Opening Prayer

Dear Lord, I praise you for your everlasting love, enduring patience, and the greatest gift of all, the possibility of salvation through Jesus Christ.

Read LUKE 1:67–80

Zechariah’s Song

67 His father Zechariah was filled with the Holy Spirit and prophesied:

68 “Praise be to the Lord, the God of Israel,
    because he has come to his people and redeemed them.
69 He has raised up a horn[a] of salvation for us
    in the house of his servant David
70 (as he said through his holy prophets of long ago),
71 salvation from our enemies
    and from the hand of all who hate us—
72 to show mercy to our ancestors
    and to remember his holy covenant,
73     the oath he swore to our father Abraham:
74 to rescue us from the hand of our enemies,
    and to enable us to serve him without fear
75     in holiness and righteousness before him all our days.

76 And you, my child, will be called a prophet of the Most High;
    for you will go on before the Lord to prepare the way for him,
77 to give his people the knowledge of salvation
    through the forgiveness of their sins,
78 because of the tender mercy of our God,
    by which the rising sun will come to us from heaven
79 to shine on those living in darkness
    and in the shadow of death,
to guide our feet into the path of peace.”

80 And the child grew and became strong in spirit[b]; and he lived in the wilderness until he appeared publicly to Israel.

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  1. Luke 1:69 Horn here symbolizes a strong king.
  2. Luke 1:80 Or in the Spirit

New International Version (NIV)Holy Bible, New International Version®, NIV® Copyright ©1973, 1978, 1984, 2011 by Biblica, Inc.® Used by permission. All rights reserved worldwide.


‘O come, thou Dayspring … disperse the gloomy clouds of night / and death’s dark shadows put to flight.’2

Think Further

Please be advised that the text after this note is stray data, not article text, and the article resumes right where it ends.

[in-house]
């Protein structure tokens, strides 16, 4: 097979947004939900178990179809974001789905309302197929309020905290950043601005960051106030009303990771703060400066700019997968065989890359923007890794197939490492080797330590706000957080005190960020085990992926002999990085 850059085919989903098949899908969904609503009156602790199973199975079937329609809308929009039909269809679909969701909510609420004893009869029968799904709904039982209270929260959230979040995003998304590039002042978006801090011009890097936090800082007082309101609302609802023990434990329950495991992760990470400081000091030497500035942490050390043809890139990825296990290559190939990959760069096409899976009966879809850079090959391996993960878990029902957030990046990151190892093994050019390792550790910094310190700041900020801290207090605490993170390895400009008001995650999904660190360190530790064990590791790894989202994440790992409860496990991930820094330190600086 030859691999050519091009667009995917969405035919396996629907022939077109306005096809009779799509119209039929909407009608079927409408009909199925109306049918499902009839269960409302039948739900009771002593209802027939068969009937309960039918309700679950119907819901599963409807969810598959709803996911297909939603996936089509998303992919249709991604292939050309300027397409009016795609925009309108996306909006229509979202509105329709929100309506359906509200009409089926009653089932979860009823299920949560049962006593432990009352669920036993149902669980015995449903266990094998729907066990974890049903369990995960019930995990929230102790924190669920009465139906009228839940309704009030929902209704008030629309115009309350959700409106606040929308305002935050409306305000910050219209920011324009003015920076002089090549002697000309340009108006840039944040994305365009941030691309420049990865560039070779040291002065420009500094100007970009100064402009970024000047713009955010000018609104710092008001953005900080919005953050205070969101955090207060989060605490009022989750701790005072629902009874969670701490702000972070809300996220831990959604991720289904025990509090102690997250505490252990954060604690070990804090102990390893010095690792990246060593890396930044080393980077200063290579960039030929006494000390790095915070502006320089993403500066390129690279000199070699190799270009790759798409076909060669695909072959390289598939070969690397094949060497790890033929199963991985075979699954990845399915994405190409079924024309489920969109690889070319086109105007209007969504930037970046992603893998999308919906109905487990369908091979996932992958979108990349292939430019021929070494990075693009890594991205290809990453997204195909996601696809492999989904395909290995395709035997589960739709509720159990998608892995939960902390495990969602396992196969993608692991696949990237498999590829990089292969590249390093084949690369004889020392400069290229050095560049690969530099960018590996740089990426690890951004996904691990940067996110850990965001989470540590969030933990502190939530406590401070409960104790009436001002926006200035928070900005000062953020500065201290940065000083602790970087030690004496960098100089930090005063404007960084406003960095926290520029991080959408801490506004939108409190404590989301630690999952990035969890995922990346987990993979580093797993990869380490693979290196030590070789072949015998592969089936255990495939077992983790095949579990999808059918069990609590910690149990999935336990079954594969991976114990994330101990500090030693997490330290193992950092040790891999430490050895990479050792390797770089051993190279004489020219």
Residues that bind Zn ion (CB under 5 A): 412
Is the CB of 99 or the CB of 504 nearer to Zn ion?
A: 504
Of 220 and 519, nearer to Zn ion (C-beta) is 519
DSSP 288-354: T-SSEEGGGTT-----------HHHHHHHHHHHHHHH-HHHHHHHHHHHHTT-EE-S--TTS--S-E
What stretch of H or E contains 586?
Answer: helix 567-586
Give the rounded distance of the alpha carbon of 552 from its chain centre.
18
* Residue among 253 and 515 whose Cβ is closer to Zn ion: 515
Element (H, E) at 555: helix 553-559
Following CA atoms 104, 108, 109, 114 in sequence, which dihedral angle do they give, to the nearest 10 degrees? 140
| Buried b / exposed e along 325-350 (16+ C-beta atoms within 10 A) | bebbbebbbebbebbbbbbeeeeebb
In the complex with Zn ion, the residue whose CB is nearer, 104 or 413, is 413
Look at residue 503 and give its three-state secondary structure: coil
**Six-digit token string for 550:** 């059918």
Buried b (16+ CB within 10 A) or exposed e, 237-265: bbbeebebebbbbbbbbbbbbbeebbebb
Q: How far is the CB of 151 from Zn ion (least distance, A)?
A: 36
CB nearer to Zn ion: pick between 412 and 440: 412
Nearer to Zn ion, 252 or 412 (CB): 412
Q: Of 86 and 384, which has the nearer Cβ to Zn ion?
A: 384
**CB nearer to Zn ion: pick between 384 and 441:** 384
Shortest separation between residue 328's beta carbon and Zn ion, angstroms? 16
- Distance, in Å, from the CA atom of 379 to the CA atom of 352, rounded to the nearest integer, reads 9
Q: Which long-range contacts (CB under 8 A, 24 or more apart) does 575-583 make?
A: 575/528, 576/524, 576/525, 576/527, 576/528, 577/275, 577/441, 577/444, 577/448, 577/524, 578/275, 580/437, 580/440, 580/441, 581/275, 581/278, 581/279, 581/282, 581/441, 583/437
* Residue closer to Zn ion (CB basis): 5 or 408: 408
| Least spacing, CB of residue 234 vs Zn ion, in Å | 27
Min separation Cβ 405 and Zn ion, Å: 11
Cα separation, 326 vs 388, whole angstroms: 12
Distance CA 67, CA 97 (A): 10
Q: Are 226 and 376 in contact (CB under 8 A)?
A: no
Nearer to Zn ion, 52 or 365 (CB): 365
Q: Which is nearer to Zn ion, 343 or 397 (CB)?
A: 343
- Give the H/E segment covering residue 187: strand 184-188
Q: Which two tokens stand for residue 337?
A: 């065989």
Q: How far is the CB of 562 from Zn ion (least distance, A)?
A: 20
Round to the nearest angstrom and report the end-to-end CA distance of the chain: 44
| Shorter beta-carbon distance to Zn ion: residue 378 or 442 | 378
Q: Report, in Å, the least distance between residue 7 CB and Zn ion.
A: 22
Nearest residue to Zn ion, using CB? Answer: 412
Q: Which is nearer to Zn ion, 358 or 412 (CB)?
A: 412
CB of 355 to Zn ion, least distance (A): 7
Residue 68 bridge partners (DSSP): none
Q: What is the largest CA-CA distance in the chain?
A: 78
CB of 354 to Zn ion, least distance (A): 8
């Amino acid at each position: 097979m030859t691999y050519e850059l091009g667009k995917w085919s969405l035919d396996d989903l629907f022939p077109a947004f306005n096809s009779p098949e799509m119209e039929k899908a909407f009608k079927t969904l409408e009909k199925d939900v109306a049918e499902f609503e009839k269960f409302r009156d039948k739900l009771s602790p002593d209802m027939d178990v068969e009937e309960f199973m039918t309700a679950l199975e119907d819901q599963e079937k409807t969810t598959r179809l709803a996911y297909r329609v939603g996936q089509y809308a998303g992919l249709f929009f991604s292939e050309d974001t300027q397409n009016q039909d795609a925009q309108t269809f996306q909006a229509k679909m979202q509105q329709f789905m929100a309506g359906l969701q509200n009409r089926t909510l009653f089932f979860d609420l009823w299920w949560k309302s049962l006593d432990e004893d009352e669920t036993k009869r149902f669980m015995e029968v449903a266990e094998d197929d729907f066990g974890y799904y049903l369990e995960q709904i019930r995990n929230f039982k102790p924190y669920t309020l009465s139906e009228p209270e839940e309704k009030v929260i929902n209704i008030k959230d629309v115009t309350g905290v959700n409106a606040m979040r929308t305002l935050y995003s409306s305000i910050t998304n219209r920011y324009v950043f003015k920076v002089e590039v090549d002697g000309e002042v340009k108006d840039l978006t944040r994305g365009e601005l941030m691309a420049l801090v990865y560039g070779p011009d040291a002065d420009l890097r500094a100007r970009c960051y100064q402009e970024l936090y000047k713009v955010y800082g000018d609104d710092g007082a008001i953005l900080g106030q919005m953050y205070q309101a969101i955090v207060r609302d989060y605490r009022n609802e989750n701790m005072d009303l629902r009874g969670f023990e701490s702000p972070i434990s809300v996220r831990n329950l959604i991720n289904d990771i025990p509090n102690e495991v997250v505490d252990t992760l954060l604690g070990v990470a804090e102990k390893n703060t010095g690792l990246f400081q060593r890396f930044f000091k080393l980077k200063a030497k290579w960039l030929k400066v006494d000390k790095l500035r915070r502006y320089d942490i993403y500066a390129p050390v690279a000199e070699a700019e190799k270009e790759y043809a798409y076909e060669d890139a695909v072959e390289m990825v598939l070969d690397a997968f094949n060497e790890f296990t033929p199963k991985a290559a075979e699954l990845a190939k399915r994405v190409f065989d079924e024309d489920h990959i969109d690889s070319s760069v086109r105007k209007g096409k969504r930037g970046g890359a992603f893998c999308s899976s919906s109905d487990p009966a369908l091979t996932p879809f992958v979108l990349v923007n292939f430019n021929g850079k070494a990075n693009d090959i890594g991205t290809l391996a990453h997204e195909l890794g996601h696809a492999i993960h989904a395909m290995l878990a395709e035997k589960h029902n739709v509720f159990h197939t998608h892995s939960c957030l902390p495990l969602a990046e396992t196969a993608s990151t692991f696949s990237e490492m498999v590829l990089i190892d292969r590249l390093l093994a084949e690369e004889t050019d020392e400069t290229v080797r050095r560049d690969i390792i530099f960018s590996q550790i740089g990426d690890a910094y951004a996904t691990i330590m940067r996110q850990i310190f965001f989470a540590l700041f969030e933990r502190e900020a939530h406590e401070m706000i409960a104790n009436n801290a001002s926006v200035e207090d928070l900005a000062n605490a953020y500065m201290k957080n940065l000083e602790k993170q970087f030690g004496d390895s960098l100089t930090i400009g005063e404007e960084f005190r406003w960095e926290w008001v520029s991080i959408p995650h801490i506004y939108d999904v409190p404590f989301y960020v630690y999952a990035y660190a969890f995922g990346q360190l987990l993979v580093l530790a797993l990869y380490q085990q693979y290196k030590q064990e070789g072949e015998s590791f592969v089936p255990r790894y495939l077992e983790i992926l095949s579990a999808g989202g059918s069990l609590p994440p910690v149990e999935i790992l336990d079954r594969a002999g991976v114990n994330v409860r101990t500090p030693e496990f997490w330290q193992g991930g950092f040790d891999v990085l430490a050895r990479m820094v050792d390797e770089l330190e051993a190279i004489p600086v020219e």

Zechariah, one-time doubter, now turns prophet under the inspiration of the Spirit. The neighbors were in awe, all of Judaea was talking, but Zechariah is granted special insight. His language was steeped in the Old Testament. Recalling the words of Gabriel and picking up Isaiah 40:3, he sees that his son is to prepare the way (v 76). He can see, with further echoes of Malachi 4:2 (v 78), what lies beyond. It might be worth looking back through the verses and identifying the benefits that will come to God’s people. At the very least we see salvation (vs 69,71,77), rescue (v 74), freedom from fear (v 74), the ability to serve in righteousness and holiness (v 75), forgiveness (v 77), light, life, and peace (v 79). For Zechariah these are still couched largely in terms of national Israel; there is still much more to be revealed, but there is no doubt that the faithful God is acting to fulfill his ancient promises. Zechariah can rejoice in what God is doing. With the better understanding coming from the benefit of subsequent revelation, we, this Christmas Day, can rejoice in so much more.

Try to take some time in the middle of the festivities to think of the benefits that Zechariah mentions and the way in which they apply to us as new covenant people of God. Salvation, not from national enemies but from the power of sin, and rescue from the control of evil. Forgiveness and freedom from the crippling guilt and shame of sin. The entry into new life and a peace with God. If you can find the time, reflect on other New Testament passages, such as Ephesians 1:3–14 or Romans 5:1–11.


As you worship with other Christians, enjoy time with family and friends, and exchange gifts, let the wonder of what God has done for you sink into your heart and mind afresh.

Closing prayer

Gracious Lord, today I thank you for all you have done for me through the coming of Jesus. Forgiveness, freedom, new life and peace with the Father. Thank you Lord.

1 See Eph 1:3 2 Hymns A&M, 1861, translated from the Latin, ‘O come, O come, Immanuel’

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Last Updated on December 25, 2022 by kingstar

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